to ensure safety from dog attacks. This requires extensive research and development so we
can enact our vision, meet our customers’ needs and maintain our differentiation strategy.
Technology development allows us to gain first-mover advantage with a unique product and
sustain a competitive advantage which will differentiate ourselves from other competitors
in this market.


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START
A selection of dog
collars are selected
at random
A member of staff
records a range of
voice commands
Does the voice
recorder work/
capture the sound?
Match the severity
of command to the
appropriate heart
rate level
Yes
Voice recorder
issues assessed
No
Staff member tests
heart rate monitor
component on him/
herself
Does the correct command
sound at 60-80bpm (resting
human heart rate level)?
Incorrect command
issues assessed
Simulate various
weather conditions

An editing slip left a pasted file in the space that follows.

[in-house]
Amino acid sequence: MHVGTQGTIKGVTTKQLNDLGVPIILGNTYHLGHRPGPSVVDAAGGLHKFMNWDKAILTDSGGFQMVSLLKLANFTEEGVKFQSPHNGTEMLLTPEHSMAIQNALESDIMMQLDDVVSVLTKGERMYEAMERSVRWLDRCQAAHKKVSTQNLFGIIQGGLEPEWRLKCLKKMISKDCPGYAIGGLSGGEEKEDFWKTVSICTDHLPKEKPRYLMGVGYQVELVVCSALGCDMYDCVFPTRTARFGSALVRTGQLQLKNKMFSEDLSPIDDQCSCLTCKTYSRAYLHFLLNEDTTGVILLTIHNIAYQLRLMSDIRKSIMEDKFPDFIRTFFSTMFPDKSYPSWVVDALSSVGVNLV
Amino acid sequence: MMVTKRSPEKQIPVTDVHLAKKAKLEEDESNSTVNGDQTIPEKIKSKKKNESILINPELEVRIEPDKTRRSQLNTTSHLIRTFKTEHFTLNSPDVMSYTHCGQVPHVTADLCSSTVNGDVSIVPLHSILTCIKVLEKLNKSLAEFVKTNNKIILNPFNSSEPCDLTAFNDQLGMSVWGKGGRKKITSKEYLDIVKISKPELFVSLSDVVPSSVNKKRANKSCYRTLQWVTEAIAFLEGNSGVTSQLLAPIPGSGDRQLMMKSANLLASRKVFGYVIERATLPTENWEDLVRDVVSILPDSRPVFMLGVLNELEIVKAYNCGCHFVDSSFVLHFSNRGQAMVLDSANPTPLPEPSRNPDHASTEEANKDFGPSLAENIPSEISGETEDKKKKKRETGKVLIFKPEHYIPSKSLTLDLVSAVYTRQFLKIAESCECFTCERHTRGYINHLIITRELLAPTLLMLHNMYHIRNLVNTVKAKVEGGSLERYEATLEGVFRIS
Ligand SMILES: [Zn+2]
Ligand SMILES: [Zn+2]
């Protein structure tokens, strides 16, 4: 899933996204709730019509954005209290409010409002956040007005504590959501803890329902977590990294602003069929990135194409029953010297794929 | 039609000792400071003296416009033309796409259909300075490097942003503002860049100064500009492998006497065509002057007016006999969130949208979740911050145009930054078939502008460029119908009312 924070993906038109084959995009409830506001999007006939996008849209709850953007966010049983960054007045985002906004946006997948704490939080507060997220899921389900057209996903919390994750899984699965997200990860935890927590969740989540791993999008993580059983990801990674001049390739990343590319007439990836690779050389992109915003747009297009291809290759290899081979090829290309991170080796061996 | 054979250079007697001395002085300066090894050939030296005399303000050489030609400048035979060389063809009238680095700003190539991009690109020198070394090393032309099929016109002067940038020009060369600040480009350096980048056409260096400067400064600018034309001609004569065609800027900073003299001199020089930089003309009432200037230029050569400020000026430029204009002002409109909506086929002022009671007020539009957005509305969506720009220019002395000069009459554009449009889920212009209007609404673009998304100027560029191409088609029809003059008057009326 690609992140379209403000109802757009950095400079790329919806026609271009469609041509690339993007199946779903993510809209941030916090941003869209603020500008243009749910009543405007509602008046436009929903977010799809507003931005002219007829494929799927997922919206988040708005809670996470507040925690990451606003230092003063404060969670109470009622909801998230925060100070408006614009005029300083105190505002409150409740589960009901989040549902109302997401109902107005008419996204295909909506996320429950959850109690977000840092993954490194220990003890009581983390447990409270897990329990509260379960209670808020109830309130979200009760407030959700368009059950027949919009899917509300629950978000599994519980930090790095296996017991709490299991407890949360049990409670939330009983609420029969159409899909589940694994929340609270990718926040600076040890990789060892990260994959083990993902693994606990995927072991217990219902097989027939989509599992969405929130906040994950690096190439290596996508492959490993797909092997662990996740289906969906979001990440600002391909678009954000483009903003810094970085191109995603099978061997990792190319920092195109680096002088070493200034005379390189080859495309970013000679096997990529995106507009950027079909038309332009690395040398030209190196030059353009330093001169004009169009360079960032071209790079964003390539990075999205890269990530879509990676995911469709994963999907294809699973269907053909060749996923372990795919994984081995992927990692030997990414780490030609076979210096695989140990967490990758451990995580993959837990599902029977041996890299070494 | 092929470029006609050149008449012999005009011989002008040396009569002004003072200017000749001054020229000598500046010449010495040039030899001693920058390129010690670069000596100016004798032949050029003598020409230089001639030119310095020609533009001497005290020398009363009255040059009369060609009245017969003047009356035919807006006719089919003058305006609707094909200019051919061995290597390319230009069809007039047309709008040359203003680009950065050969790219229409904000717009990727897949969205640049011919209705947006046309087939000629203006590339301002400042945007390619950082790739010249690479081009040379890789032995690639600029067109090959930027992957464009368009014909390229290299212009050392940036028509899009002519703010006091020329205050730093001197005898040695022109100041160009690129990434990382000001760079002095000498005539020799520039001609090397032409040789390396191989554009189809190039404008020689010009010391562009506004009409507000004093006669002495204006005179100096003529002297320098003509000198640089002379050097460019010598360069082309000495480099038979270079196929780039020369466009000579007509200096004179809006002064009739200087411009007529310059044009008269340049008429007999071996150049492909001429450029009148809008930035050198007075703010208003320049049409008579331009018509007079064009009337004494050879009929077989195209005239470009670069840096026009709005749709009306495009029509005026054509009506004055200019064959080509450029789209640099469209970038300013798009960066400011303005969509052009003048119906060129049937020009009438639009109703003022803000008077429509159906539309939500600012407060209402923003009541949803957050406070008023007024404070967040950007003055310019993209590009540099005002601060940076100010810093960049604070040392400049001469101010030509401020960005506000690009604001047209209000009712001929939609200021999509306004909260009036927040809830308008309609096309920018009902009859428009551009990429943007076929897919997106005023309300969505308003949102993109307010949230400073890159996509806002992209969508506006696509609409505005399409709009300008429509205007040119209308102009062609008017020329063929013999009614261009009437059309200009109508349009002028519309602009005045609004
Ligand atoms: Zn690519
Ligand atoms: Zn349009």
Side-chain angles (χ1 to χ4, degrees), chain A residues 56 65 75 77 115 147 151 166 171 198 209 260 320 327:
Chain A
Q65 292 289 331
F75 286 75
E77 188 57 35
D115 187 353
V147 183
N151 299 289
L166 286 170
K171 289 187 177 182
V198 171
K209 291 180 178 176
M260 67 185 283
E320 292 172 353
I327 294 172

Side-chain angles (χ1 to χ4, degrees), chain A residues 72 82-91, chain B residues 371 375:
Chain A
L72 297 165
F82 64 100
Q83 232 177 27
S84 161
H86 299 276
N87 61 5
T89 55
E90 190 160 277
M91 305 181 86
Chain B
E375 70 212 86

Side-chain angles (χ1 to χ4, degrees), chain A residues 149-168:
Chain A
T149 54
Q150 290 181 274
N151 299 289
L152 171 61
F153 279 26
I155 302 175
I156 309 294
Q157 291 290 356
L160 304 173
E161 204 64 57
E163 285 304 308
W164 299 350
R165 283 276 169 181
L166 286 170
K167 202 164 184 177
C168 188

e.g. rain/snow by
submerging collar in
water/ ice.
No
Yes
Voice recorder fixed
and approved?
Reject
product
No
Command issues fixed
and approved?
Reject product
No
Yes
Does collar withstand weather
simulations testing?
Issues with
durability of collar
assessed
Approve
durability?
Final approval and
reviewof product
Reject product
No
END
Yes
Yes
Research and Development
Department
Information Systems
Product Testing
Management System
Yes
No
END
END
END
3.8 Business Processes
3.8.1. PRODUCT TESTING PROCESS - This process is essential to ensure that the collar is
successful in providing a unique benefit to customers. By continously testing our product we
can ensure that the dogs are getting properly trained; that they are receiving the correct
reinforcement appropriate to their heart rate. By testing our product we are developing it-
continually assessing it and making adjustments which is in line with our value chain activity.





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START
Identify a need for a
product in the
market
Brainstorm possible
design ideas
Research materials
and their
applications
Is it feasible to carry out the
design using the materials?
Assess the use of
materials and
modify applications
Analyse the ethical
implications of
design ideas
Yes
Does it comply with legal
standards/codes of practice?
Assess ethical/legal